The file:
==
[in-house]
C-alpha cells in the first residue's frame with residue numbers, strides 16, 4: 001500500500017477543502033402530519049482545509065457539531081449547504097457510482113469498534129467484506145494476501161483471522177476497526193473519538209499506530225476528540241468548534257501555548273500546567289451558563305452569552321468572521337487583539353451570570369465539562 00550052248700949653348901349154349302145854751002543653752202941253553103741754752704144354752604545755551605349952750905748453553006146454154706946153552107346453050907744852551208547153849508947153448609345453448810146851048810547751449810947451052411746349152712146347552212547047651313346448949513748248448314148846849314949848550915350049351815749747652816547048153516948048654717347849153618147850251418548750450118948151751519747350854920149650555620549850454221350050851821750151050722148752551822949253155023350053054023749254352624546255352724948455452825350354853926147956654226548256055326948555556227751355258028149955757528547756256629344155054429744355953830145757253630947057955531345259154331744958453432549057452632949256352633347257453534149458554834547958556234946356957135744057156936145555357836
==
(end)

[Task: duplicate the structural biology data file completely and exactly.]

[in-house]
C-alpha cells in the first residue's frame with residue numbers, strides 16, 4: 001500500500017477543502033402530519049482545509065457539531081449547504097457510482113469498534129467484506145494476501161483471522177476497526193473519538209499506530225476528540241468548534257501555548273500546567289451558563305452569552321468572521337487583539353451570570369465539562 00550052248700949653348901349154349302145854751002543653752202941253553103741754752704144354752604545755551605349952750905748453553006146454154706946153552107346453050907744852551208547153849508947153448609345453448810146851048810547751449810947451052411746349152712146347552212547047651313346448949513748248448314148846849314949848550915350049351815749747652816547048153516948048654717347849153618147850251418548750450118948151751519747350854920149650555620549850454221350050851821750151050722148752551822949253155023350053054023749254352624546255352724948455452825350354853926147956654226548256055326948555556227751355258028149955757528547756256629344155054429744355953830145757253630947057955531345259154331744958453432549057452632949256352633347257453534149458554834547958556234946356957135744057156936145555357836